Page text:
Your developing baby: weeks 0–14

Although there are big changes happening during the first few weeks of your pregnancy, most of them are happening inside your body. Your baby bump probably isn’t showing, so most people won’t be able to tell that you’re pregnant.

Your developing baby

6–7 weeks

At 7 weeks your baby is about 8 mm long from head to bottom. The brain is growing and the heart is beginning to beat. Ears, eyes, arms and legs are also starting to grow. Your baby will start to move, but you won’t be able to feel it yet.

8–9 weeks

At 9 weeks your baby is about 17 mm long from head to bottom. Your baby’s face is slowly forming and there are eyelids. They have a mouth and a tongue. Hands and feet, with ridges where the fingers and toes will be, are also beginning to grow.

10–12 weeks

By 12 weeks your baby is fully formed. They have all their organs, muscles, limbs and bones and can kick and move.

13–14 weeks

By 14 weeks baby can swallow and their fingerprints have formed.

Your changing body

During early pregnancy you may have some or all of the following: 

  • no periods or lighter bleeding
  • breast and nipple changes
  • a need to go to the toilet (wee/mimi) more often than usual
  • bloating, cramps and backache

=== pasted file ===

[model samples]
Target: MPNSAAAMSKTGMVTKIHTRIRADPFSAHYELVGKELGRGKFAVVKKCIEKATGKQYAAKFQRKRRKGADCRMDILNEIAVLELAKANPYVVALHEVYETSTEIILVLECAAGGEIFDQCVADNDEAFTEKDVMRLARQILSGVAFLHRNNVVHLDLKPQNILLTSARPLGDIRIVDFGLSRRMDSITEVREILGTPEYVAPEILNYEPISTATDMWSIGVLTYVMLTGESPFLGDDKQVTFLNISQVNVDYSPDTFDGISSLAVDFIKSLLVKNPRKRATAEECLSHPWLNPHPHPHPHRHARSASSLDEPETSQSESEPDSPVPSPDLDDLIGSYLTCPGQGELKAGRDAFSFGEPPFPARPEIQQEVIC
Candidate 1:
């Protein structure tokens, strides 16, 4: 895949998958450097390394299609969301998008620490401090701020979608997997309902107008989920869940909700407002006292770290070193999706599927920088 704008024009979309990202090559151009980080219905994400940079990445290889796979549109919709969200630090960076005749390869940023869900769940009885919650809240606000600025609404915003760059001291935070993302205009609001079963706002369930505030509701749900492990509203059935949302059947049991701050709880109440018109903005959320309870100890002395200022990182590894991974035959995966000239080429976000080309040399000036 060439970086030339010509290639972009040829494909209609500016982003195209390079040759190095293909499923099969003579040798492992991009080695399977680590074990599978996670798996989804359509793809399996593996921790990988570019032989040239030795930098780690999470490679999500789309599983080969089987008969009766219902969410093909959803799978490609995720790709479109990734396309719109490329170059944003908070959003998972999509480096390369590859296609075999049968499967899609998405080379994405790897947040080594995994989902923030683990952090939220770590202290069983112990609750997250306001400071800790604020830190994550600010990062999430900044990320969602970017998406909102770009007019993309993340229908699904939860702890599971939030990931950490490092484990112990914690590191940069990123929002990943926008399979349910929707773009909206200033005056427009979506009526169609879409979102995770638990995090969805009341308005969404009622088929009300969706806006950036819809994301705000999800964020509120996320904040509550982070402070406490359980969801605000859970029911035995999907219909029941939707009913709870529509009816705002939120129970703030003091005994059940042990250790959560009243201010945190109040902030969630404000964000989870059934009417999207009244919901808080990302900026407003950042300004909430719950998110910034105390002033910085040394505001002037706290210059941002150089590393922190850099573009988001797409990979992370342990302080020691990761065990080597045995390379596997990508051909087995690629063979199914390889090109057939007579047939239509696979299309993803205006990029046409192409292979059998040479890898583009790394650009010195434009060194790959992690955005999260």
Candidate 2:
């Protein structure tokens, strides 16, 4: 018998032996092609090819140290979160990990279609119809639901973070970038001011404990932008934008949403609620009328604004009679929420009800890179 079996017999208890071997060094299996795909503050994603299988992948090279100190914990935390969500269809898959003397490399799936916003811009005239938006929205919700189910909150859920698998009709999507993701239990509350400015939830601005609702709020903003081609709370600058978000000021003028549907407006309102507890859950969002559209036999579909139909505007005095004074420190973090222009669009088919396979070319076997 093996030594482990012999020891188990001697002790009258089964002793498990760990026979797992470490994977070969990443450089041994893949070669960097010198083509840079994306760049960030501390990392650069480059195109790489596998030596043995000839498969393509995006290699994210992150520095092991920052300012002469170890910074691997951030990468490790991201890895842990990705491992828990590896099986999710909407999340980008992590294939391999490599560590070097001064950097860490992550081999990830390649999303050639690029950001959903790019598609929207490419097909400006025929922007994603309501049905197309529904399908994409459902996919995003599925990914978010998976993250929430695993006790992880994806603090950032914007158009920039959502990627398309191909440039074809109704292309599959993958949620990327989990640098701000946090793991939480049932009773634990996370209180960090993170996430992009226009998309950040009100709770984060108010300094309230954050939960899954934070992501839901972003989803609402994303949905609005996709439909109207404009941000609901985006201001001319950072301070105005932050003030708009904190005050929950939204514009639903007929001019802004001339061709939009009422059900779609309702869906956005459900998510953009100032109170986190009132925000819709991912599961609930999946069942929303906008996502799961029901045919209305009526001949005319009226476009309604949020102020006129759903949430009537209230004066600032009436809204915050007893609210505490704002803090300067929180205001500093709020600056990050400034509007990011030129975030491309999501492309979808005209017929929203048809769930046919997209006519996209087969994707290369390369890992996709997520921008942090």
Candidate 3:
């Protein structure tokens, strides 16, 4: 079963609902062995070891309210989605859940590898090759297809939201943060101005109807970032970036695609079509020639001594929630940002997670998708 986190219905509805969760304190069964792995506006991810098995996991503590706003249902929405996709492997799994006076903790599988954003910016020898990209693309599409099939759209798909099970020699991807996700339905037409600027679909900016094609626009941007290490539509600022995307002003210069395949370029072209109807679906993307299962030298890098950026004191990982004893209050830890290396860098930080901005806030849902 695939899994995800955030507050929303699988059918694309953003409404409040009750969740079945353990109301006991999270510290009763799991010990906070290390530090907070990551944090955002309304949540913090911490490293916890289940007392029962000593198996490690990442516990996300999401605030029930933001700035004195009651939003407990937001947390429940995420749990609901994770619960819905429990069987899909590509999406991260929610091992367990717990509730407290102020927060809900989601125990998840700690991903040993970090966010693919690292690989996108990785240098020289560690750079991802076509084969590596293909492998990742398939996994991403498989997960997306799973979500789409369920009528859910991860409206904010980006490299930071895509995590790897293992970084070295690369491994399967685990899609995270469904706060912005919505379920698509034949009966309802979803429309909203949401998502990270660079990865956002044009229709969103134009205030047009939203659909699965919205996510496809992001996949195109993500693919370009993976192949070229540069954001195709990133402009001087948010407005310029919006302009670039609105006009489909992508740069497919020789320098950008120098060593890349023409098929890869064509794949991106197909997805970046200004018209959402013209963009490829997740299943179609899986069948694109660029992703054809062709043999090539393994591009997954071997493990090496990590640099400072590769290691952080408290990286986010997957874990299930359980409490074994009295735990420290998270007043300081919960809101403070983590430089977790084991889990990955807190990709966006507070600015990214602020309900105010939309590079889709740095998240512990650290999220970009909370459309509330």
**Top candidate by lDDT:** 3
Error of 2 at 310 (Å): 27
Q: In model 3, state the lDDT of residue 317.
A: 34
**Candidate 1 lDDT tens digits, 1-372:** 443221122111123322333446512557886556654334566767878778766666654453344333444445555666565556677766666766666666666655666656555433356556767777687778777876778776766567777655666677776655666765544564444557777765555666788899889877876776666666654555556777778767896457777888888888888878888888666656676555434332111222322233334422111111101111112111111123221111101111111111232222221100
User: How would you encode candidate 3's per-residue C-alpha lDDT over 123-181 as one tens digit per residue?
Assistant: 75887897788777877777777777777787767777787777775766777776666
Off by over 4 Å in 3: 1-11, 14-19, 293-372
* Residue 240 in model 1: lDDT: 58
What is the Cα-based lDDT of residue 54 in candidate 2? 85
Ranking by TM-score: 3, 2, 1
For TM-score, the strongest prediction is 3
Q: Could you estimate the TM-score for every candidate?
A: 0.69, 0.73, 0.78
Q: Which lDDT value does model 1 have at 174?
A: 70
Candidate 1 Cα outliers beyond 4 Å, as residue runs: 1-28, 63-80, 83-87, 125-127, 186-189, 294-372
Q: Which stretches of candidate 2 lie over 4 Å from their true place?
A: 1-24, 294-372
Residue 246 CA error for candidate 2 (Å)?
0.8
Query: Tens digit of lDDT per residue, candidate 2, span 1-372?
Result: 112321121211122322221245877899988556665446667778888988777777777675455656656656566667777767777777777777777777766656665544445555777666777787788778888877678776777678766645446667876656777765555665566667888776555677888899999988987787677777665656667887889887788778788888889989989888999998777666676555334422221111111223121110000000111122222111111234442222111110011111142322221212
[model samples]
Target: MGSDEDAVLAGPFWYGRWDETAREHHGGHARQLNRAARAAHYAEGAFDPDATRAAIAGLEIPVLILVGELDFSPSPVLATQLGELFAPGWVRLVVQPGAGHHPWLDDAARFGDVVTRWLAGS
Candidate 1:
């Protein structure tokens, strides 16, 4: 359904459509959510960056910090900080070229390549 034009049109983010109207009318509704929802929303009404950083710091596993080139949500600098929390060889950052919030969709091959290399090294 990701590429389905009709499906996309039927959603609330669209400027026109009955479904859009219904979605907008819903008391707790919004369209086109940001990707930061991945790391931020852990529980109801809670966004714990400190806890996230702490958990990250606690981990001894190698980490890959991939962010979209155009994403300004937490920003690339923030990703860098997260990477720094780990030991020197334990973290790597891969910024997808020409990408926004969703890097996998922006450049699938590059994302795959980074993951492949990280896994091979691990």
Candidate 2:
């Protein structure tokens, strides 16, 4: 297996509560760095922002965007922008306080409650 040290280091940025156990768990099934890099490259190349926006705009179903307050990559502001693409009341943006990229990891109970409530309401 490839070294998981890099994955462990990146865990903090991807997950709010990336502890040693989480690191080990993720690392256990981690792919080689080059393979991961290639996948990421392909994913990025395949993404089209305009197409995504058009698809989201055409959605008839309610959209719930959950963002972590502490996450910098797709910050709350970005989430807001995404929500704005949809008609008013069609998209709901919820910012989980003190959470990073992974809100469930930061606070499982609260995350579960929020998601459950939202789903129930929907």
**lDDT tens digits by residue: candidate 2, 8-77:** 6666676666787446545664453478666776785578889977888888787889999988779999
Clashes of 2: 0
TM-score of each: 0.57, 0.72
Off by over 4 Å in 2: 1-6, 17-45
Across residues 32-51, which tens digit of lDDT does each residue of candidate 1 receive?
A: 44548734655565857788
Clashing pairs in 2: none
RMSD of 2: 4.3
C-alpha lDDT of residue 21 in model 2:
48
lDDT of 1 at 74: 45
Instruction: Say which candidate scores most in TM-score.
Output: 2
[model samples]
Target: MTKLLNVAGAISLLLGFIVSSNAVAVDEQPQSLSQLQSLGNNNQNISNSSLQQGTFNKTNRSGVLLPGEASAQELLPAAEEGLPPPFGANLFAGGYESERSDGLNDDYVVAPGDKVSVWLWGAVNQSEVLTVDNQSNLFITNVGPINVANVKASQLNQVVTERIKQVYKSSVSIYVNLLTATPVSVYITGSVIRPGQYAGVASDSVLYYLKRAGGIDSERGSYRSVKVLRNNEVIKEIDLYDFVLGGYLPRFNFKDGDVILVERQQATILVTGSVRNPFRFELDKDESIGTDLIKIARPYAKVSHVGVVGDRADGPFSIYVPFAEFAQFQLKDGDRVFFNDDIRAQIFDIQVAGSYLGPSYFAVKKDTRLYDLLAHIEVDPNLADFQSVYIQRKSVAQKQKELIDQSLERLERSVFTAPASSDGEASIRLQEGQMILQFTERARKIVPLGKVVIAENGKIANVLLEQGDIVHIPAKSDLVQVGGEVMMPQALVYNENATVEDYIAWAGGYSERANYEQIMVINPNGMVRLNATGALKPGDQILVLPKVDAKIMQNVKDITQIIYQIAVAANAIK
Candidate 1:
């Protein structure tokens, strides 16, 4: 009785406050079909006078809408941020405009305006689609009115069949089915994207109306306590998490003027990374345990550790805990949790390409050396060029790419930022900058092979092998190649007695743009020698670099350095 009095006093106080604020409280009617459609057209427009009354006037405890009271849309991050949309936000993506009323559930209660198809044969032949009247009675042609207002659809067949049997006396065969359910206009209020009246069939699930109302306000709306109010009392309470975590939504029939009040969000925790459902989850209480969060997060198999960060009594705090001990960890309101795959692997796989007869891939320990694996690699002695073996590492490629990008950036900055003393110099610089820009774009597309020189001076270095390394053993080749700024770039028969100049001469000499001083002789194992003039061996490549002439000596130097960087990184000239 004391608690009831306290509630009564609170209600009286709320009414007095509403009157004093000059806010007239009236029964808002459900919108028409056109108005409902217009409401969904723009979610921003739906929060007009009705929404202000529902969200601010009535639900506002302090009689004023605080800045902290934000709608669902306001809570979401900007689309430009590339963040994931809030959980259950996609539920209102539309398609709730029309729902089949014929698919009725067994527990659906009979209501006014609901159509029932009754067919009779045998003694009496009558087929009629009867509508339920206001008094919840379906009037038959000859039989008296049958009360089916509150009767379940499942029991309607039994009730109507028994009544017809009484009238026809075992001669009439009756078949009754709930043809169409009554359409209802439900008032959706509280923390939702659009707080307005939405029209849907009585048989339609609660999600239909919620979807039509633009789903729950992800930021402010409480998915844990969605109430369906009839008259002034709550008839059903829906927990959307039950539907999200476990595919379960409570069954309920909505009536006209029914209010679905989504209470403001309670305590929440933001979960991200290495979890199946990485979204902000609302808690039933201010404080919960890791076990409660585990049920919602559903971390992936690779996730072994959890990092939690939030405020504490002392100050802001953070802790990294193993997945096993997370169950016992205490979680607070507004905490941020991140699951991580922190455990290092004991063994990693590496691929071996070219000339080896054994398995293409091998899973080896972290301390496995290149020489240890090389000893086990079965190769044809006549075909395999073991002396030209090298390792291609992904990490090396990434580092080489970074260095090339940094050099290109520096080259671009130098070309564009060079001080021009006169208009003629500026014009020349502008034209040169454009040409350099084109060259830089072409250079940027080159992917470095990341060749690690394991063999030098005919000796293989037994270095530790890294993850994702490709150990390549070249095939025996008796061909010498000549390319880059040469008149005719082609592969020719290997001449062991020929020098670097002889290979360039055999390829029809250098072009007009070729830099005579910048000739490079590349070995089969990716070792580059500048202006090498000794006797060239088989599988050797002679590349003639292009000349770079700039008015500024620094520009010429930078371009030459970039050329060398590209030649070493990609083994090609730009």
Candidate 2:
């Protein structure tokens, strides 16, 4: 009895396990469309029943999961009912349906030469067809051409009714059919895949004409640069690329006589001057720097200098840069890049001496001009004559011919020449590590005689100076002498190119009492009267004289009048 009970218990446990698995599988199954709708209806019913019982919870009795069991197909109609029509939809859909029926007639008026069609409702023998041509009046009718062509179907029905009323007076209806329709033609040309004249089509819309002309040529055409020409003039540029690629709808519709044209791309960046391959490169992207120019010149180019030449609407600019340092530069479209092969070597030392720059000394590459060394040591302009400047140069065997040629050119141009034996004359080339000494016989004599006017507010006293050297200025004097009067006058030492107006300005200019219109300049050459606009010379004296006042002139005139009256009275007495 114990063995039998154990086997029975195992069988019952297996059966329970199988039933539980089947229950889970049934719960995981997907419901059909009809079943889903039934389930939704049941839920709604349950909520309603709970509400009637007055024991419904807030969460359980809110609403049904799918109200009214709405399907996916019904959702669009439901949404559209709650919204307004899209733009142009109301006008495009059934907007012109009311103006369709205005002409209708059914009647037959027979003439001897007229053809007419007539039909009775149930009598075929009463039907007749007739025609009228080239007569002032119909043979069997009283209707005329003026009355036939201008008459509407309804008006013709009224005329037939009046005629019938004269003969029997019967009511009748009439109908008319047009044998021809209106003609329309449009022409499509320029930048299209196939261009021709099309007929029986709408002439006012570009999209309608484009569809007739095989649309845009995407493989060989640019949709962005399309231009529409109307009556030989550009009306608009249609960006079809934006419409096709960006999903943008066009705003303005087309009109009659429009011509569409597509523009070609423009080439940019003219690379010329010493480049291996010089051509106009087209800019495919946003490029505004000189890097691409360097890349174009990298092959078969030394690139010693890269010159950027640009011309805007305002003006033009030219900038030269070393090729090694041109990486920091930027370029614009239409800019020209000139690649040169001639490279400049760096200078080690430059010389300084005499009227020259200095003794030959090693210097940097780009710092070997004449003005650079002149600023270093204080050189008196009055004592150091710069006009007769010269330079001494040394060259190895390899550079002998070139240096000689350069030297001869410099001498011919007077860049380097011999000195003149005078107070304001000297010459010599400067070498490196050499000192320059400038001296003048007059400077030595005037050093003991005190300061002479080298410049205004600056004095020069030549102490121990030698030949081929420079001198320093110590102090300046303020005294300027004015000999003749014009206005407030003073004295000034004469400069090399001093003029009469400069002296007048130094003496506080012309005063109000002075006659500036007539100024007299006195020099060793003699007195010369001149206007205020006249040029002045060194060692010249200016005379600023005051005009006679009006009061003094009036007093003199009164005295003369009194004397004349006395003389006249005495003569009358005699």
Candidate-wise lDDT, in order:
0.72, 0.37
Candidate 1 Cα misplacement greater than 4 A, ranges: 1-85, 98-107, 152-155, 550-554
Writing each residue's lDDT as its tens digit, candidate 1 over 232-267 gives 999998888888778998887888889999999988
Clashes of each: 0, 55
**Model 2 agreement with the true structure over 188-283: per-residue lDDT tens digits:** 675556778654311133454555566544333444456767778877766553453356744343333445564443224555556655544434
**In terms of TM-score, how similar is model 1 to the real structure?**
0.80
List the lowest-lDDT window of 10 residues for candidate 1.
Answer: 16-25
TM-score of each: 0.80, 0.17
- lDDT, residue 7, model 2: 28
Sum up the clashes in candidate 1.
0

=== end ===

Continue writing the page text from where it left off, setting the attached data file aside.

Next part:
• morning sickness
  • more saliva in your mouth than usual
  • feeling dizzy or fainting
  • feeling tired
  • headaches
  • constipation (when you have 3 or fewer bowel movements [poos/tuutae] in a week) and wind (farting)
  • no interest in sex, or wanting to have sex more often.

See the Kidspot website to find out more.

Your mood may also change during pregnancy – this is normal. Some days you may feel wonderful and others not so good. See Mood changes in pregnancy on the National Women’s Health website (it’s at the bottom of the page).

Talk to your midwife (or specialist doctor) if you are worried about your changing body or mood.


Related websites

Whakatipu: Te Kākano (pregnancy to birth) – SKIP
This is a time when both māmā and our unborn pēpi need to be cared for, a time to talk about expectations and experiences with all the whānau. Te Kākano gives some practical information and some creative activities that will help to prepare whānau for the upcoming birth of pēpi.

1–40 step-by-step guide – MAMA Maternity Information Services
A weekly guide to pregnancy, including your developing baby, your changing body and some of the decisions and choices that need to be made as your pregnancy progresses.

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